Review: Portland Wi-Fi a Mixed Offering

It rains a lot in Portland. So on days when the sun's rays make it all the way to the ground, who wouldn't want to take the city's new free Wi-Fi service for a spin?

The answer: anyone who wants an easy connection.

Portland officials announced last summer that it had reached a deal with Silicon Valley startup MetroFi Inc. to blanket the city with free, high-speed wireless Internet access. Unlike many cities that have jumped on the municipal Wi-Fi bandwagon, Portland faced little risk: MetroFi would pay to build and manage the network and make its money from online advertising.

No taxpayer dollars would be spent and the city would have another feather in its hat.

But a problem has cropped up: some users say it doesn't work.

One independent group hired by the city found the system provided more than 90 percent coverage within a certain distance to the network's access points. Two local community wireless activists did a study of their own and found just under 60 percent coverage.

I decided to check it out in a less-than-scientific study that involved getting out of the office and visiting about a half dozen places to browse the Internet or read e-mail on the go.

All the spots were outdoor because MetroFi's indoor access is limited. The company says distance, walls and interference from other devices cause problems. Inside, it recommends a Wi-Fi "booster" device. But at around $100, the extra gadget conflicts with my idea of "free."

My first attempt to connect was at Pioneer Courthouse Square, a wide-open space at the center of Portland's downtown where the service debuted in December.

Despite a strong signal, it took me several minutes to make a connection. Once it did, my Web browser -- Internet Explorer 7 -- loaded the MetroFi welcome page without pause. And the sign-in process was easy. It even included an understandable outline of privacy issues.

But when I tried to send my login information to begin browsing, I couldn't. After 10 minutes of fruitless attempts, I gave up and instead latched onto another free network's signal with ease.

At several stops within MetroFi's general service area, my computer regularly detected the network and showed a strong signal, but I was unable to log on.

MetroFi recommends visiting its Web site to check out its coverage areas prior to logging on. It tells users within 100 feet to 300 feet of its Wi-Fi access points that there should be no problem. It suggests a signal booster for locations 300 feet to 500 feet away. Beyond 500 feet, it suggests a special outdoor booster. MetroFi has arranged for discounts for users on such devices.

So much for spontaneity.

And despite heeding the guidance, I had little luck connecting.

Other available Wi-Fi networks -- using the same basic technology as MetroFi -- sailed through my quick list of demands: browsing speed, search response, accessing images and streaming video. (The others are provided by nearby shops, homes and even a system set up by volunteers.)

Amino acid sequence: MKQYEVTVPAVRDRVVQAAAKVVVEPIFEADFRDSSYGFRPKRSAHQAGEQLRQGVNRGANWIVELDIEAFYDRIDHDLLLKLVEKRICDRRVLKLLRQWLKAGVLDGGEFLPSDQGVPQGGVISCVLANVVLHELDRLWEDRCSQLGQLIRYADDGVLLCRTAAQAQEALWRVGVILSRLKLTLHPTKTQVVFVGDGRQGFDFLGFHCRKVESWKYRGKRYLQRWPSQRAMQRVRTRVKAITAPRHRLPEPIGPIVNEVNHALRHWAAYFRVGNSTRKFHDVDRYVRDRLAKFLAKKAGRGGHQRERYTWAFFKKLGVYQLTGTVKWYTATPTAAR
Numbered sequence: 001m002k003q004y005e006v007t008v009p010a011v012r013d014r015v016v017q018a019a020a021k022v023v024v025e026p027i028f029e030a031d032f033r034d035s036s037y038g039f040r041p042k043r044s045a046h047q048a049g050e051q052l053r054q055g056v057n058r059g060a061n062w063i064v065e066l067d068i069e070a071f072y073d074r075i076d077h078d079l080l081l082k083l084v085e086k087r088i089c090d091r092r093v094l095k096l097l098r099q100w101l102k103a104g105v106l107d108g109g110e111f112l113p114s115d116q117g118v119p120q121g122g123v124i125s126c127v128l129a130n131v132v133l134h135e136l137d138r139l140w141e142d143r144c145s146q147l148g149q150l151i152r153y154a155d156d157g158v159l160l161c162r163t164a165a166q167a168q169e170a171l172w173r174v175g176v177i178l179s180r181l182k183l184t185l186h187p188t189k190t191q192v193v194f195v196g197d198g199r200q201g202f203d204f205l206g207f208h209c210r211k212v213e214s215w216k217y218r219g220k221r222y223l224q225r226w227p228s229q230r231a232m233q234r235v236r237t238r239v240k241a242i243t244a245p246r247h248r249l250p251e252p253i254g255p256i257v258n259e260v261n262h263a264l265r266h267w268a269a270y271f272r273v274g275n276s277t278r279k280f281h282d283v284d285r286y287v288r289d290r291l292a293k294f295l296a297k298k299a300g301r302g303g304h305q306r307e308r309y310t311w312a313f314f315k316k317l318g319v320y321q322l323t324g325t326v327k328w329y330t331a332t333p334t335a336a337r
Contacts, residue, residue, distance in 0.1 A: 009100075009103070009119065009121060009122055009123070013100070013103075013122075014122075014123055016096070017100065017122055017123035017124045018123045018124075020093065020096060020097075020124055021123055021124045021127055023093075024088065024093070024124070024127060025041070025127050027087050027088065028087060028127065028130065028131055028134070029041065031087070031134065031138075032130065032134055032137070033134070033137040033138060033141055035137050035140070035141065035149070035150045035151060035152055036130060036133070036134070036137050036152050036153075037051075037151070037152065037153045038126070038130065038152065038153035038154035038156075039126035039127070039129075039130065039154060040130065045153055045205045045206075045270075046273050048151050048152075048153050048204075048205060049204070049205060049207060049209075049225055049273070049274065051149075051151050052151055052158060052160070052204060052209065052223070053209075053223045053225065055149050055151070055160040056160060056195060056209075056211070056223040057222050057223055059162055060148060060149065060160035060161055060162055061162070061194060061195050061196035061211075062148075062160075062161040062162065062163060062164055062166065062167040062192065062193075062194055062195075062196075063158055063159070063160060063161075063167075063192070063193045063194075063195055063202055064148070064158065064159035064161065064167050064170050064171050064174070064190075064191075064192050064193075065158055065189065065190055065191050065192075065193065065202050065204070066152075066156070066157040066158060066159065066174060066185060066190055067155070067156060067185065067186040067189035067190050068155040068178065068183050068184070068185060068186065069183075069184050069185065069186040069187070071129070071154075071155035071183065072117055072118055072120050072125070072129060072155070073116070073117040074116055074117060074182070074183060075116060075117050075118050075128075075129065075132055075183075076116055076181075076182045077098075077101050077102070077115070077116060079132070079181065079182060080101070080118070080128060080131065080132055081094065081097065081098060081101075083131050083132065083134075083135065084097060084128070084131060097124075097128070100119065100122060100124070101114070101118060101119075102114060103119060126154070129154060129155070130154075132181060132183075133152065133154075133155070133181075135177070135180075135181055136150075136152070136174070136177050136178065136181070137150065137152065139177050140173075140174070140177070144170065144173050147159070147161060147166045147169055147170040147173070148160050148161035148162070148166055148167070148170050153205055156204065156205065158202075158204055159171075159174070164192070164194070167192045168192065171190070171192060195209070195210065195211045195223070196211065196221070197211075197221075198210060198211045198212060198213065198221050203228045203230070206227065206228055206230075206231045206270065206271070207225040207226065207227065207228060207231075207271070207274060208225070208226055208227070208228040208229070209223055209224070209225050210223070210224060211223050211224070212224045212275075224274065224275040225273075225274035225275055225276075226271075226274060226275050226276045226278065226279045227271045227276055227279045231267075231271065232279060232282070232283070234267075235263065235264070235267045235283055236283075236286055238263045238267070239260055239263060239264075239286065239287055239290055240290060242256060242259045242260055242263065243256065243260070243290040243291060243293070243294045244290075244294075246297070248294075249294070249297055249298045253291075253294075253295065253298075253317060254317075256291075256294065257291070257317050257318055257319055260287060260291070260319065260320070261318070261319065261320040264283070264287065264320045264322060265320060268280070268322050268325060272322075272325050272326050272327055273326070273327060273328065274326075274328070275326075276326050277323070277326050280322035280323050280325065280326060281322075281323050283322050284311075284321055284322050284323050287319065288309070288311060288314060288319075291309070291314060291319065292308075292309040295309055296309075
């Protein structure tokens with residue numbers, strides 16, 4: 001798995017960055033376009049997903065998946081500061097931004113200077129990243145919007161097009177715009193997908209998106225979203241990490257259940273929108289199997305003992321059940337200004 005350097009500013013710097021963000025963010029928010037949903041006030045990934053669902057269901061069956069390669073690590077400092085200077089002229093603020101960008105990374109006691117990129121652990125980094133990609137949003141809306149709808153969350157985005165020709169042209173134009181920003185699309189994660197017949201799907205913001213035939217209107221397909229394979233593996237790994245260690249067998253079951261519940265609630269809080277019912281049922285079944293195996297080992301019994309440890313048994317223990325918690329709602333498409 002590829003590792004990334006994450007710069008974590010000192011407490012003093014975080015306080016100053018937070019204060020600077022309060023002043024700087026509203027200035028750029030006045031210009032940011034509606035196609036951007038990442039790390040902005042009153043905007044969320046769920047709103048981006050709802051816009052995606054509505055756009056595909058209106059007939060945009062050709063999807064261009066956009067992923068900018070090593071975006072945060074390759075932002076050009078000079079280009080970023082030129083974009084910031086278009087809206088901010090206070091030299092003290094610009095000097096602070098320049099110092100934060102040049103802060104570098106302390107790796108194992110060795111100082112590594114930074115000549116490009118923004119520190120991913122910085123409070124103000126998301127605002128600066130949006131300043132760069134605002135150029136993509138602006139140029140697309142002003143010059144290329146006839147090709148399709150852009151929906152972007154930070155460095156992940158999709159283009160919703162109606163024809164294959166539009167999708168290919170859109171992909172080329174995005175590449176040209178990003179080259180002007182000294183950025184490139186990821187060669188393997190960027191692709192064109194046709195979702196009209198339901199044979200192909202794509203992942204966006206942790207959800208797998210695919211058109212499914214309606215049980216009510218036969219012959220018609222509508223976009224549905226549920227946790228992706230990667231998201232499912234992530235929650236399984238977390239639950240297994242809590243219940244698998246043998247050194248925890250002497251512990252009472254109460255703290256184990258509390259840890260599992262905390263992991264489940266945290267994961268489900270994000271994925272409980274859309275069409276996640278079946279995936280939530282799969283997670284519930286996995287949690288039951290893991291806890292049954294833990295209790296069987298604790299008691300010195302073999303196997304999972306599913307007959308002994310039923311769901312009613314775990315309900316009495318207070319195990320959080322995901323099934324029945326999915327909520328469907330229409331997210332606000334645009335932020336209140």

But the hotspots I happened to latch onto have an edge -- they aren't trying to send a signal 1,000 feet away. And it's much easier technically to "hear" back from my computer when the transmitter is a few feet away rather than a block or more.

Experts say the signal MetroFi sends out is strong, but the access points' ability to receive the information back from users with basic equipment is limited.

"It's like someone standing on stage with a microphone and someone in the audience whispering back," said Russell Senior, one of the wireless advocates who did the alternate test of the system.

When I tried standing directly below a transmitter affixed to a street sign, I was able to connect for the first time. It's not the greatest spot to surf the Web, but at least I found out that -- when it works -- the service isn't shabby.

Though the speeds aren't as zippy as a Digital Subscriber Line or cable modem, the difference was barely noticeable to me. The connection met all the demands I've put on other networks without a problem.

Pleased with my connection at the street corner, I tried one more possibly favorable location. I headed up -- way up -- to avoid any possible interference.

MetroFi is designed to service folks on the ground. But from the top of a Ferris wheel, the signal was fantastic: I briefly considered telecommuting from there, hovering above Portland. But I'm afraid of heights. And it's not on MetroFi's list of recommended sites anyway.

The Ferris wheel fun aside, the overall experience was frustrating.

MetroFi has said it will continue to work out bugs as it completes its rollout. And the company said it has reached 11,200 monthly users in May, up 40 percent from the month before. So it seems to be working for some people.

A connection is not impossible, but at this time it's less than the service-for-all concept I'd been hoping for.

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